Lammas growth

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Lammas growth on a pedunculate oak.

Lammas growth, also called Lammas leaves, Lammas flush, second shoots, or summer shoots, is a season of renewed growth in some trees in temperate regions put on in July and August (if in the northern hemisphere, January and February if in the southern), that is around Lammas day, August 1, which is the Celtic harvest festival.

It can occur in both hardwoods and softwoods. Examples of common trees which exhibit regrowth are oak, ash, beech, sycamore, yew, scots pine, sitka spruce and hawthorn. This secondary growth may be an evolutionary strategy to compensate for leaf damage caused by insects during the spring.[1] It is not present in poplar, birch or willow.

Lammas growth declines with the age of the tree, being most vigorous and noticeable in young trees. It differs in nature from spring growth which is fixed when leaves and shoots are laid down in the bud the previous year. The lammas flush is free growth of newly made leaves/needles throughout the tree.[2] One or more of the buds set in the Spring on the ends of terminal and lateral stems will break, and begin to grow, producing a new shoot.[3]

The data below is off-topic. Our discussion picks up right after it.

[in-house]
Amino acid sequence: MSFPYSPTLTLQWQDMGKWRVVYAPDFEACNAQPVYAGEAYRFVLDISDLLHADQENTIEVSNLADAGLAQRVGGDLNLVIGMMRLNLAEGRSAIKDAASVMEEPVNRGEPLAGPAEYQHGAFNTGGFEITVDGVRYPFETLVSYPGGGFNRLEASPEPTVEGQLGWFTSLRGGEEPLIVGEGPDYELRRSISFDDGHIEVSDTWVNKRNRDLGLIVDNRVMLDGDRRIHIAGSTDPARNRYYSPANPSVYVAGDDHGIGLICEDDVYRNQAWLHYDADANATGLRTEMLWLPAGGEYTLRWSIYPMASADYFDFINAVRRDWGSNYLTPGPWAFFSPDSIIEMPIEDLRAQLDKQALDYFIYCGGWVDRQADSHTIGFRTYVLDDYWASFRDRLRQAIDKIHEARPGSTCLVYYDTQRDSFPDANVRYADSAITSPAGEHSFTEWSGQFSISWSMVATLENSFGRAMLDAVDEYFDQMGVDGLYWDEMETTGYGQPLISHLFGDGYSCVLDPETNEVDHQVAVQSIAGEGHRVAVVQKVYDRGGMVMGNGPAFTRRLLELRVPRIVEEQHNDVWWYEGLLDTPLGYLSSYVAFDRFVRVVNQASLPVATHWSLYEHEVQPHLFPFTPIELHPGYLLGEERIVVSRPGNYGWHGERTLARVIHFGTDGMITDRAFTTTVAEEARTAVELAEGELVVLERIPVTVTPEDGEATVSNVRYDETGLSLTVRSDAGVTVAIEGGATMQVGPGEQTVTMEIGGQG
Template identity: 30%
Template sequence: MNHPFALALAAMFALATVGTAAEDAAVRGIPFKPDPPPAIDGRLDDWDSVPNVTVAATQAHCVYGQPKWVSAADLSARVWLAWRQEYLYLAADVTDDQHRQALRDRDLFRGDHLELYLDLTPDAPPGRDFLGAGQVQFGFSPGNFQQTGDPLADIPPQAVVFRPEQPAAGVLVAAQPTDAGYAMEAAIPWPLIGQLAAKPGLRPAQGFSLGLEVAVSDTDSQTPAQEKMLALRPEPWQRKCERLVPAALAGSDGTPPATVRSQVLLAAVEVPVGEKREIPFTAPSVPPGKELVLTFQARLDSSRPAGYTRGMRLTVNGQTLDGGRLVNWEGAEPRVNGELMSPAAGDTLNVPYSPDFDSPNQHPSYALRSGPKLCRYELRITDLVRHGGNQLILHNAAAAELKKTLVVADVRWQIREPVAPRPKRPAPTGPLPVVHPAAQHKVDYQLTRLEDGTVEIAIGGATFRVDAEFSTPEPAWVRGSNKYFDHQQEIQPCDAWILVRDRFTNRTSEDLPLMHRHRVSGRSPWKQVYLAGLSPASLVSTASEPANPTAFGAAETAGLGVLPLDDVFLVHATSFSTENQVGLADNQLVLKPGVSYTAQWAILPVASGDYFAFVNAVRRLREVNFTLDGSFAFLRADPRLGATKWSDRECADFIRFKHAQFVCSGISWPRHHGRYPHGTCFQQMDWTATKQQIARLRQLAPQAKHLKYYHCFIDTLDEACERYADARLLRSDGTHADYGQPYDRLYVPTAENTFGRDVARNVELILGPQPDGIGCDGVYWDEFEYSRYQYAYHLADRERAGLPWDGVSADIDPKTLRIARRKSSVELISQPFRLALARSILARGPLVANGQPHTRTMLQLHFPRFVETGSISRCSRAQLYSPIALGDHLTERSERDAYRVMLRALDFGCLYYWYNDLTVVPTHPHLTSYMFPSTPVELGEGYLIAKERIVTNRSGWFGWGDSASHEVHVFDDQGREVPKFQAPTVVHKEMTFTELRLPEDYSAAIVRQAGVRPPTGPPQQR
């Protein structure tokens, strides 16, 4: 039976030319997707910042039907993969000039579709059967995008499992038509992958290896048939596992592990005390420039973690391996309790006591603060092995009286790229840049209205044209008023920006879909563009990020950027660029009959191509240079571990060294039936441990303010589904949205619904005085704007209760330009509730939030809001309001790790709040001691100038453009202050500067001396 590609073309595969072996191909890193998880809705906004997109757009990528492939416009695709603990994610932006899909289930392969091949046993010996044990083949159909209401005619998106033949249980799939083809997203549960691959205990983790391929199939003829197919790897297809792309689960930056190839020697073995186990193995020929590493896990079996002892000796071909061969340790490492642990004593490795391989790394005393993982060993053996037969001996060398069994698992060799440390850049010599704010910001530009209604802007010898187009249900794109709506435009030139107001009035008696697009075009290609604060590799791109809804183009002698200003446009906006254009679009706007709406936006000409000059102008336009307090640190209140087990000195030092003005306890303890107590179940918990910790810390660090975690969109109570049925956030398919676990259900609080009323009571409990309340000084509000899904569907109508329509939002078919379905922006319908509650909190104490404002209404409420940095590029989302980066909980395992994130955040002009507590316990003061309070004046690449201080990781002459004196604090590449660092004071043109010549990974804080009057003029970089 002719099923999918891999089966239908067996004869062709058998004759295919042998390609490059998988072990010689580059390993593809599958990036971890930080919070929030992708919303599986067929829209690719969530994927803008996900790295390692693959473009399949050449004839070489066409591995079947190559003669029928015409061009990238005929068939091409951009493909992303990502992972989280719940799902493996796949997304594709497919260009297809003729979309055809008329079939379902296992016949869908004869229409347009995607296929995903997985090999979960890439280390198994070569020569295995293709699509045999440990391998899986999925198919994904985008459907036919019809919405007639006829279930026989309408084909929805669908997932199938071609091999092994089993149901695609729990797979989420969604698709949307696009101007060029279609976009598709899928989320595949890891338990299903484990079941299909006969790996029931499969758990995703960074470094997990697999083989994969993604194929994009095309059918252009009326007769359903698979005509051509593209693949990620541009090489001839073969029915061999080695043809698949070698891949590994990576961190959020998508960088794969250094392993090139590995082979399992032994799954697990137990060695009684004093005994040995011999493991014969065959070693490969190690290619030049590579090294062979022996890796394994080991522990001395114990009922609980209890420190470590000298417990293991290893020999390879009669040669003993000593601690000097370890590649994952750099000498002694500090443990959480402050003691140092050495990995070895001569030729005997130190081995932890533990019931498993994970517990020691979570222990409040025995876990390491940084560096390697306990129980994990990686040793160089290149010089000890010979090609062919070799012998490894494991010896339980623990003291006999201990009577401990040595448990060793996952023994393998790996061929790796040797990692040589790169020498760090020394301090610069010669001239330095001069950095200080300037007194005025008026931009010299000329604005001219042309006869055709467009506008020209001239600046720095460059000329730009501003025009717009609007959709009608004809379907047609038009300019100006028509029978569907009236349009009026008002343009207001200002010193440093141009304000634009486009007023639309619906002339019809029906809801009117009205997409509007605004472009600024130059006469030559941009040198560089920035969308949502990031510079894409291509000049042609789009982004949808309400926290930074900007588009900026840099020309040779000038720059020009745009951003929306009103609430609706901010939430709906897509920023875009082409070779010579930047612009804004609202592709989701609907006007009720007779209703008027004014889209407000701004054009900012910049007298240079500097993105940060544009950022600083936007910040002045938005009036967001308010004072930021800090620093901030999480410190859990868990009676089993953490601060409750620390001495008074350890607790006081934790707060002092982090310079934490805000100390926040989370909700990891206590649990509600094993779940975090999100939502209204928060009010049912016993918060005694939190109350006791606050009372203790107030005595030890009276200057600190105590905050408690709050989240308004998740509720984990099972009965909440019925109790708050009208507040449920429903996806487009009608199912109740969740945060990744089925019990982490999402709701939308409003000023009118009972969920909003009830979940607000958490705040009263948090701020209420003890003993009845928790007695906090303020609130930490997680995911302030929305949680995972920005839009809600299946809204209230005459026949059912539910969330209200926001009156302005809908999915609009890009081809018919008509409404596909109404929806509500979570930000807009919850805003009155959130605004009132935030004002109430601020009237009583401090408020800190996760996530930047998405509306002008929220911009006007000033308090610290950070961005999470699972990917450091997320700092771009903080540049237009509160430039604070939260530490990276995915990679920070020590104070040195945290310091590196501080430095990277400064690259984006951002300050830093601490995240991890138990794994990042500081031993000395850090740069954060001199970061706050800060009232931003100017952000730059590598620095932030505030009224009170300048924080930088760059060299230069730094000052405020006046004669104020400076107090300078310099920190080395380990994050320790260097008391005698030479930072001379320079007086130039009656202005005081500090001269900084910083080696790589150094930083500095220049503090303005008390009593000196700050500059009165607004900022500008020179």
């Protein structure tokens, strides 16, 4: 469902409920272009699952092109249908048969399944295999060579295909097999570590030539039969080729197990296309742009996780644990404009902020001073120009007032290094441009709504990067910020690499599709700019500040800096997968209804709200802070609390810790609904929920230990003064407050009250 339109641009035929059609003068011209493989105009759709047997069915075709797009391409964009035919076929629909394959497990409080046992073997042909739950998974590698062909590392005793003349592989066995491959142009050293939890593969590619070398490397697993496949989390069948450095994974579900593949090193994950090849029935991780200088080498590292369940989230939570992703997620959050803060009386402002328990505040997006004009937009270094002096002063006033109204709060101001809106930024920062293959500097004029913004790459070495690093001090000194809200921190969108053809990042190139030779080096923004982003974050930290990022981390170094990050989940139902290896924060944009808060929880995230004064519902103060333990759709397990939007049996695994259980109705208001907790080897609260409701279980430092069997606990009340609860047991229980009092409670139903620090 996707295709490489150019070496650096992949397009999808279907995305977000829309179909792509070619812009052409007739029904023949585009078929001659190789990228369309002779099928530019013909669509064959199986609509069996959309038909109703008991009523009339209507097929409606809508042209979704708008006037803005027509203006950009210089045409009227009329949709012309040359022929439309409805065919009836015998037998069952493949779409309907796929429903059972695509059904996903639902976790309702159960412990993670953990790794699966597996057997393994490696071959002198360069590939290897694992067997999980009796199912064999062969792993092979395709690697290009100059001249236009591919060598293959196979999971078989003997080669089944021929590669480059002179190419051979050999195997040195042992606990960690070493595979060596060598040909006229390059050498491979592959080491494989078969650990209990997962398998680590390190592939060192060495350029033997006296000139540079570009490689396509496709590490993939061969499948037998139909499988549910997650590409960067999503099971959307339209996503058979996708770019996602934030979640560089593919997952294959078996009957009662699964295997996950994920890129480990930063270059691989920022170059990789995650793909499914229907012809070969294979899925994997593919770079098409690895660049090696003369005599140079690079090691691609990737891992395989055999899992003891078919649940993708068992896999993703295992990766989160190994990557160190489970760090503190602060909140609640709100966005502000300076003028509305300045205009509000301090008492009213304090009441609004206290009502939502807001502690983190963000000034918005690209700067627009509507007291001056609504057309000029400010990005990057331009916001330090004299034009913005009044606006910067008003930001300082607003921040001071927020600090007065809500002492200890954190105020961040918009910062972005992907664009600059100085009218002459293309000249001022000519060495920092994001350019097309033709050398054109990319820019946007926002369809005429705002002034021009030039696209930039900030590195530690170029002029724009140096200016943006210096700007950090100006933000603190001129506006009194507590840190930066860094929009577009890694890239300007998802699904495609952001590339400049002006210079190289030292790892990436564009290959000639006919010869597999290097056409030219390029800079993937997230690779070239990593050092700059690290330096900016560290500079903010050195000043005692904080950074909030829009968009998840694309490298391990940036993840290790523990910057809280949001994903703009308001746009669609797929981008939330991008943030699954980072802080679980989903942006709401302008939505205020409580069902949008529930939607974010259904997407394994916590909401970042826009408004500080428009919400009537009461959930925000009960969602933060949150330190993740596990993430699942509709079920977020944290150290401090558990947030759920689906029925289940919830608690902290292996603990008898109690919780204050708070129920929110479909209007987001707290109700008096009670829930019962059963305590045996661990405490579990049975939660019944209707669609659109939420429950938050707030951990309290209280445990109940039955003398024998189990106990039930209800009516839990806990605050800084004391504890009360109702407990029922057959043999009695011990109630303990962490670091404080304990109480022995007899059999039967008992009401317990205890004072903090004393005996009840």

References[edit]

  1. ^ Guinness, Bunny (16 Aug 2006). "Late summer growth". The Daily Telegraph. Retrieved 2009-06-03. 
  2. ^ Battey, Nicholas H. (2003). "August – learning about summer". Journal of Experimental Botany,, ©  ; (Society for Experimental Biology) 54 (389): 1798. 
  3. ^ West, Richard F.; Rogers, Robert (1965). "THE EFFECT OF LAMMAS SHOOT GROWTH ON THE STEM FORM OF YOUNG SCOTCH PINE". Published as a Paper of the Journal Series, New Jersey Agricultural Experiment Station.